Brexit: Is Northern Ireland ready for 1 January?

By John Campbell
BBC News NI Economics & Business Editor

United Kingdom leaving the European Union represented in puzzle pieces.

image copyrightGetty/ktsimage

The Brexit transition period ends on 31 December, which will mean big changes to Northern Ireland’s economic relationship with the rest of the UK.

However, there are still many unanswered questions.

What is changing?

At 23:00 GMT on 31 December, England, Scotland and Wales will leave the EU’s single market for goods. Northern Ireland will not.

The EU’s customs rules will also continue to apply at Northern Ireland ports.

This is a consequence of the withdrawal agreement reached by the EU and UK in 2019.

It will mean a significant amount of new red tape on Great Britain to Northern Ireland trade.

Customs

All commercial goods entering Northern Ireland from GB will need a customs declaration. This will be the case even if the UK and EU reach a trade deal.

A government adviser who is working with Northern Ireland businesses estimates there will be up to 30 million customs declarations a year on GB to NI trade.

image copyrightAFP/Getty Images

Will businesses be ready?

The government is spending more than £300m on a Trader Support Service to help businesses with these declarations.

But senior civil servants at Stormont who are dealing with Brexit preparations are concerned that small and micro businesses on both sides of the Irish Sea are unprepared.

Will the IT systems work?

The main customs IT system, CDS, will have to interact with new systems for hauliers and the trader support service.

The government says all these systems are either live now or will be shortly.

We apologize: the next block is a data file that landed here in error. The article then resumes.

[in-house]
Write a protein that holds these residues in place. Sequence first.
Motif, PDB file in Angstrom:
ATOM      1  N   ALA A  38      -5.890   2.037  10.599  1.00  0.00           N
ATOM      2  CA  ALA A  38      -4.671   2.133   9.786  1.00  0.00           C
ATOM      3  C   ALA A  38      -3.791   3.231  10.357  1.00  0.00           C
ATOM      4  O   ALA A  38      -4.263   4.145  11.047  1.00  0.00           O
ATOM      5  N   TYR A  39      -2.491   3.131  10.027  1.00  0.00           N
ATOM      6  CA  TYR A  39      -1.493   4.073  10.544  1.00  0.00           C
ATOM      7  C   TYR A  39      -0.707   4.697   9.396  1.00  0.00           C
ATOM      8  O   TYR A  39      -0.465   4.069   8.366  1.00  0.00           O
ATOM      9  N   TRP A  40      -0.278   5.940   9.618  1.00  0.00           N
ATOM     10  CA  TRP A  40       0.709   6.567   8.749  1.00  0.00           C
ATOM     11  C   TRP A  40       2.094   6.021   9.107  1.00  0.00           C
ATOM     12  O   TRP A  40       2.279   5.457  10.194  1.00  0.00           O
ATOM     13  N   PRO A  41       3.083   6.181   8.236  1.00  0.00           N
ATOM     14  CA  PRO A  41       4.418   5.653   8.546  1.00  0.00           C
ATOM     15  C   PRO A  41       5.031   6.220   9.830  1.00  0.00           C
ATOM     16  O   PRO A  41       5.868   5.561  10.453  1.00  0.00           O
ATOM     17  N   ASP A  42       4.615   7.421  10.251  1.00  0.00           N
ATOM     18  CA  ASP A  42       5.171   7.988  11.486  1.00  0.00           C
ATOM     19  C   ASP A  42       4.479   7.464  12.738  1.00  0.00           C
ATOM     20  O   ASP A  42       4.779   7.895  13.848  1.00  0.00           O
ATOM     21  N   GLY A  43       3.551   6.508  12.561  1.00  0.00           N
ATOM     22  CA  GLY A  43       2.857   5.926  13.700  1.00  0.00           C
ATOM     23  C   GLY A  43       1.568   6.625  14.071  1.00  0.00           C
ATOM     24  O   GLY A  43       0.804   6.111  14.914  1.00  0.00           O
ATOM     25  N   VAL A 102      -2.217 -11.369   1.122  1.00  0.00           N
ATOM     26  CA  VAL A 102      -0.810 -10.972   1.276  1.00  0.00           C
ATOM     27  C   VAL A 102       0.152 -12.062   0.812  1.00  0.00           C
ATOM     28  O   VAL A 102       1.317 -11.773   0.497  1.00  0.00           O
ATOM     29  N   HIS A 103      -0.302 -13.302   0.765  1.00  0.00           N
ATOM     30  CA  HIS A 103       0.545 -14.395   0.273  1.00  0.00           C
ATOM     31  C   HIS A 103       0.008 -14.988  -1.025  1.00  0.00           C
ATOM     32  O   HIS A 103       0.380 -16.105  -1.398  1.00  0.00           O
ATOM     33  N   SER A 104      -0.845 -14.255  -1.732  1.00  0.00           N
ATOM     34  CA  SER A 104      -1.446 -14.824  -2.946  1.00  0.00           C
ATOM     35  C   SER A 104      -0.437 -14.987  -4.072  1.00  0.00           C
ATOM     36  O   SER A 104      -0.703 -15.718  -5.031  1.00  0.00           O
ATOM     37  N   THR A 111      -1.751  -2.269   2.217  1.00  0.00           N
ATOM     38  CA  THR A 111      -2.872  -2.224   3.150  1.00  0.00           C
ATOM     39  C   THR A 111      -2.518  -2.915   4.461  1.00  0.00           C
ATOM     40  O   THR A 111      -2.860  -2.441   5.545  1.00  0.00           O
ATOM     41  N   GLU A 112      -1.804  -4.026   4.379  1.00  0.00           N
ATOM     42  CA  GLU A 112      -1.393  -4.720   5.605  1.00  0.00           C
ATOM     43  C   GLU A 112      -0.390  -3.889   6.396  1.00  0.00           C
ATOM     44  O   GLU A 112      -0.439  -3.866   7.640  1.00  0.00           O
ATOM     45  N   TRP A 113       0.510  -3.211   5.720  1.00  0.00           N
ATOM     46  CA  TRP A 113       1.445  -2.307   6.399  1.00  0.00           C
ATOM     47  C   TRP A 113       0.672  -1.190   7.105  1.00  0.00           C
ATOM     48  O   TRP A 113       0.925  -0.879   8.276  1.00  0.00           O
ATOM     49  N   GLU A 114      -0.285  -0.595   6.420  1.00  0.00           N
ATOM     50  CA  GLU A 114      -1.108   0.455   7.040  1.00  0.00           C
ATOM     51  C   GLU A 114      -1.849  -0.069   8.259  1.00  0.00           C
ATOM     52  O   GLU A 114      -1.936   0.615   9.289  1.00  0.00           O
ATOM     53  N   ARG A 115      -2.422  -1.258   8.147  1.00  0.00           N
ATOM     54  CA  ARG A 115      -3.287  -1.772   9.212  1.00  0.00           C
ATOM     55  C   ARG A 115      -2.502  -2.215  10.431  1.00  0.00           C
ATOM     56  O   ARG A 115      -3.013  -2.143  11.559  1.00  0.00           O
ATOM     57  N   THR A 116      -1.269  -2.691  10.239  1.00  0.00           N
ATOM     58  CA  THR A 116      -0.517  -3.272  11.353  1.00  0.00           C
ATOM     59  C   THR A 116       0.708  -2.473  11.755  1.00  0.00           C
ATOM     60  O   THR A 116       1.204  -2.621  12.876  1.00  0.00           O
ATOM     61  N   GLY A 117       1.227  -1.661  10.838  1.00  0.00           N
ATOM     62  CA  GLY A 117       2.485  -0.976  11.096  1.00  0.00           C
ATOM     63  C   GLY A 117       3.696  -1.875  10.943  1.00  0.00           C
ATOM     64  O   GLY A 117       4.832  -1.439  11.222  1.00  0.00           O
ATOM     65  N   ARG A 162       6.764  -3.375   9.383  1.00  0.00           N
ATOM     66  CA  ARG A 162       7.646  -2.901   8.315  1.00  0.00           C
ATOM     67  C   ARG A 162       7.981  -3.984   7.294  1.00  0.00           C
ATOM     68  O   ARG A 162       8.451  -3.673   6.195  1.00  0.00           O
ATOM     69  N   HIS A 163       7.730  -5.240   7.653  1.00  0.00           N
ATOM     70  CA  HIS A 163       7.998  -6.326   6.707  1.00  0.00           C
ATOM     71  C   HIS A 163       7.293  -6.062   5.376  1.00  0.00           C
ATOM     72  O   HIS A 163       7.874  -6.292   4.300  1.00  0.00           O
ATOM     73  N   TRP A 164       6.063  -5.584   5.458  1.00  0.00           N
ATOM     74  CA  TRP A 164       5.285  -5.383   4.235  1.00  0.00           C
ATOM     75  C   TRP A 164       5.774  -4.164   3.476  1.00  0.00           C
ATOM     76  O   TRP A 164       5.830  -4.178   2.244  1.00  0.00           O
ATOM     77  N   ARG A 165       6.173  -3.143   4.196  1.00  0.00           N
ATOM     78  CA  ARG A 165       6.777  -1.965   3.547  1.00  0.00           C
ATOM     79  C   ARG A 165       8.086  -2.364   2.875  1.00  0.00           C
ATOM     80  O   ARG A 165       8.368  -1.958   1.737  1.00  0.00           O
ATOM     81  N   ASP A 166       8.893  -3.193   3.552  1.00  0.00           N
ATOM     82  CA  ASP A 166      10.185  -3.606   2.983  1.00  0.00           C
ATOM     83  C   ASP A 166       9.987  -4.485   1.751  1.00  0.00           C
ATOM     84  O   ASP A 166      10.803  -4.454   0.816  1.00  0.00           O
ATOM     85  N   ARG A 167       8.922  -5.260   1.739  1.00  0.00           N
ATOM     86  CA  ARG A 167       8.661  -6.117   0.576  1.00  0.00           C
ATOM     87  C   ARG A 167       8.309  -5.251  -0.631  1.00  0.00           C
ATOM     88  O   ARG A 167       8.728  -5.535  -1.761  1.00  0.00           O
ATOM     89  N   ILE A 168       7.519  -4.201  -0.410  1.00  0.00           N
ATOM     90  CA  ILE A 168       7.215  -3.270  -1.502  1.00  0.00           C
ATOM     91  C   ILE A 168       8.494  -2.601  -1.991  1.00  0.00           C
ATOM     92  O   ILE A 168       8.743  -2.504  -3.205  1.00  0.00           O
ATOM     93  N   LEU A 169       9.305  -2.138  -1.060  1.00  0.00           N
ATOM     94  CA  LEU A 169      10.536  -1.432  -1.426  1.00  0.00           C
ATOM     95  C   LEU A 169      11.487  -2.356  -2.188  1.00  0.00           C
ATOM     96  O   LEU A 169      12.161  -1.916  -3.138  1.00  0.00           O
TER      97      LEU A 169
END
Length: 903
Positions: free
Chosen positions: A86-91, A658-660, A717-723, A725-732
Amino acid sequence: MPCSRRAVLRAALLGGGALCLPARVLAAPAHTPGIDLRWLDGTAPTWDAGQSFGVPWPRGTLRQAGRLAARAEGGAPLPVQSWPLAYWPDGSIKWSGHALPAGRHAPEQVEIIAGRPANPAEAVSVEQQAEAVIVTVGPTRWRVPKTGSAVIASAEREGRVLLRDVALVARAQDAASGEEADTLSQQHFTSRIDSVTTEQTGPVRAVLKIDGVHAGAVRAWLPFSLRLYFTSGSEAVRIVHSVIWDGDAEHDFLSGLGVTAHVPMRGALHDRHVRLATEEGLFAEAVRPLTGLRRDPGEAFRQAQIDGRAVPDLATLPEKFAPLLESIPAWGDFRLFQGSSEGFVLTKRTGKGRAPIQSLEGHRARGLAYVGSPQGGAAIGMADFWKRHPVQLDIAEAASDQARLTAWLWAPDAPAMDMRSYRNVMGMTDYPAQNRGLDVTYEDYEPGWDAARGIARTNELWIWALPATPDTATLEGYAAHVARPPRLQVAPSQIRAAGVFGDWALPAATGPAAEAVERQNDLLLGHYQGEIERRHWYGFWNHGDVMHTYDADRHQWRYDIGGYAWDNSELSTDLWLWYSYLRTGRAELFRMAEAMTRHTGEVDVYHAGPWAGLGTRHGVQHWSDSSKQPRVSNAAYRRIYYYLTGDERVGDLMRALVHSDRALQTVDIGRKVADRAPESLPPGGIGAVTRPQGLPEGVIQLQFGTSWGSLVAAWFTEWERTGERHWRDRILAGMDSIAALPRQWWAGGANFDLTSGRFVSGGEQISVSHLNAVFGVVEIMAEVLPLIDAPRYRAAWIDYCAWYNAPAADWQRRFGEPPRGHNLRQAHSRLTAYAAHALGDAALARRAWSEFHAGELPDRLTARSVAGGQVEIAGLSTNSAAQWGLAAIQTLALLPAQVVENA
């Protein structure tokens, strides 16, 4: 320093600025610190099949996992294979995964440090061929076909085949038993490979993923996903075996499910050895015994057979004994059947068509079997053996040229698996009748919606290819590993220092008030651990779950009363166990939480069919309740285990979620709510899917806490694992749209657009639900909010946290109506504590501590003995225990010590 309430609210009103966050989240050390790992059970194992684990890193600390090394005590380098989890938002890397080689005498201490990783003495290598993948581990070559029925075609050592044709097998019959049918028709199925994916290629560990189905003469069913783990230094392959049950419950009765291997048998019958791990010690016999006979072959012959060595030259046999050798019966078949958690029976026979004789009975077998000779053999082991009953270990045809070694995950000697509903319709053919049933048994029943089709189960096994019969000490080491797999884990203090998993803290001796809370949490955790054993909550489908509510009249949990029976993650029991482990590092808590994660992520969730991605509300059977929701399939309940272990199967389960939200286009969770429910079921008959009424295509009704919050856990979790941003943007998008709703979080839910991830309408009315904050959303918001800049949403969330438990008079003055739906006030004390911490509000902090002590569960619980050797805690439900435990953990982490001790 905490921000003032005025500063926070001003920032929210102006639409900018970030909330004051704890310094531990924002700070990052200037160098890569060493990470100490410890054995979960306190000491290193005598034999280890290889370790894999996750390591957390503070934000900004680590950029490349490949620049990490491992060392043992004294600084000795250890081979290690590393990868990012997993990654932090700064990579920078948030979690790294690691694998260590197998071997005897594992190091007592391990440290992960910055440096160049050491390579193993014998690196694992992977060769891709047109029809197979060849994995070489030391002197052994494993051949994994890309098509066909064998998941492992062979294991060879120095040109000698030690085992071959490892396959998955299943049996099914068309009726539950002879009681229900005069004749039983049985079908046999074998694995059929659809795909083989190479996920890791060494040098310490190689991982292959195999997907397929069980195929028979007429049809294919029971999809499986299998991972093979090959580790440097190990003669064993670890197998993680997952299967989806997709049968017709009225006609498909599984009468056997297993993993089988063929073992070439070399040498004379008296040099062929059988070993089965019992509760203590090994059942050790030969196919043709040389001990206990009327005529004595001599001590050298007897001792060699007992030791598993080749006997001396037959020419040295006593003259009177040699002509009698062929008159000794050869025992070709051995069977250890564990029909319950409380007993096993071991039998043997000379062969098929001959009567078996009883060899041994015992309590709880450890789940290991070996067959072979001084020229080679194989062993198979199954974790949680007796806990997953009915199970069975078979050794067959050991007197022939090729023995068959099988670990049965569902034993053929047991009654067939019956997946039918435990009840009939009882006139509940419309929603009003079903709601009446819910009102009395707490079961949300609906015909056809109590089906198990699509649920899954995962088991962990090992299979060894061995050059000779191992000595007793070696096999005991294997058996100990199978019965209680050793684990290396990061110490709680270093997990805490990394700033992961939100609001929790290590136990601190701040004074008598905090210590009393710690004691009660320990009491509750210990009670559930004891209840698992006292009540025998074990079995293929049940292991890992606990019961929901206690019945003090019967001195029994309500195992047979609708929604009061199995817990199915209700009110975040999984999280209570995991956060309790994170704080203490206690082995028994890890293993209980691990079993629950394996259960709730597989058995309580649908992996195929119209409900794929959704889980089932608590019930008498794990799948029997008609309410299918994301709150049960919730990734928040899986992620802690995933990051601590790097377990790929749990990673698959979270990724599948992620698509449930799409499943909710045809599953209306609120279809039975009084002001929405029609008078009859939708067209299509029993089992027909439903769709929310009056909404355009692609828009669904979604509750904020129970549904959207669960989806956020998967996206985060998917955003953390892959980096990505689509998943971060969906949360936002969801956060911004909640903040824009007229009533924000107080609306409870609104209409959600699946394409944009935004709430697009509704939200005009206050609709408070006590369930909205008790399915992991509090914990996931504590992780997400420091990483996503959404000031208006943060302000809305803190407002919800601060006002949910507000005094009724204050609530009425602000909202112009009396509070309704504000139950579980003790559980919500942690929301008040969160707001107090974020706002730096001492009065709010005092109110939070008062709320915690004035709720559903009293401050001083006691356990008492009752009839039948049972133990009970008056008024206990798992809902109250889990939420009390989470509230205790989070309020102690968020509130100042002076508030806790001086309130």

But this leaves businesses with very little time for testing and training.

Some industry experts are sceptical about whether it can all work smoothly in January.

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What about online shopping?

EU guidance published earlier this year suggests that the majority of parcels entering NI from GB will need customs declarations.

The UK government has been almost entirely silent on this matter.

So it is not clear if declarations will be required, what form they will take or what it will mean for parcels companies and their customers.

Amazon has published a comprehensive guide for its sellers on the new procedures on GB to EU trade.

But so far there is no specific guidance for GB to NI trade.

What about food products?

The EU has strict rules on which food products can enter its single market.

A piece of administration known as an Export Health Certificate (EHC) is central to enforcement of the rules.

Products of animal origin – meat, milk, fish and eggs – need an EHC to enter the single market.

image captionSupermarket chain Sainsbury’s has already issued a warning about the availability of some foods in NI

EHCs are an expensive piece of administration, signed off by a vet, which could add thousands of pounds of cost to of a typical supermarket shipment.

A further problem is that for some products deemed high risk by the EU, such as chilled mince or sausages, no EHCs are available.

Supermarkets have warned that this will reduce the range of products in their NI shops and increase costs.

The UK government and the supermarkets are pressing the EU for a special light touch arrangement, but it is not yet clear if that will be granted.

Would a trade deal help?

It would largely solve one particular issue to do with the possibility that tariffs (trade taxes) could be imposed on some GB goods entering Northern Ireland.

The taoiseach (Irish prime minister) has also suggested a deal could pave the way to softening some of these new requirements.

He told the Irish Times: “People may be in a different frame of mind in terms of cutting people slack in terms of protecting the single market and all of that.”

But again there are no guarantees this will happen.

Could the UK government act unilaterally?

If there is disruption to NI food supplies in January, it is possible that the government could trigger the safeguards clause in the Brexit withdrawal deal.

It states that if applying the deal leads to ‘”serious economic, societal or environmental difficulties that are liable to persist or to diversion of trade” then appropriate safeguards measures can be taken.

These measures must be limited to what is “strictly necessary in order to remedy the situation”.

The government could also bring forward further legislation, similar to the Internal Market Bill, which would breach the terms of the withdrawal deal.

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